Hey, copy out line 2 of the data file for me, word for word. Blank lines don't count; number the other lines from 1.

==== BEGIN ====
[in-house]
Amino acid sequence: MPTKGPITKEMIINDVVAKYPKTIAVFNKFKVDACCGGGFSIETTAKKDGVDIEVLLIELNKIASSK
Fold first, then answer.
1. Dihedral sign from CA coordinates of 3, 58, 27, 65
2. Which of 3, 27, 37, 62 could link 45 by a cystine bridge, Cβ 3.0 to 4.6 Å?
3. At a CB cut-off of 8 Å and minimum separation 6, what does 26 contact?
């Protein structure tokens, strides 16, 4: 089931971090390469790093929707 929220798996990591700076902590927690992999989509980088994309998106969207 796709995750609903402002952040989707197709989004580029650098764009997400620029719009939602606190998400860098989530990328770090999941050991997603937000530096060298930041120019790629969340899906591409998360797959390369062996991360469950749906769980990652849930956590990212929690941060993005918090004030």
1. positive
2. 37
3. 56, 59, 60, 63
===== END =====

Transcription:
Amino acid sequence: MPTKGPITKEMIINDVVAKYPKTIAVFNKFKVDACCGGGFSIETTAKKDGVDIEVLLIELNKIASSK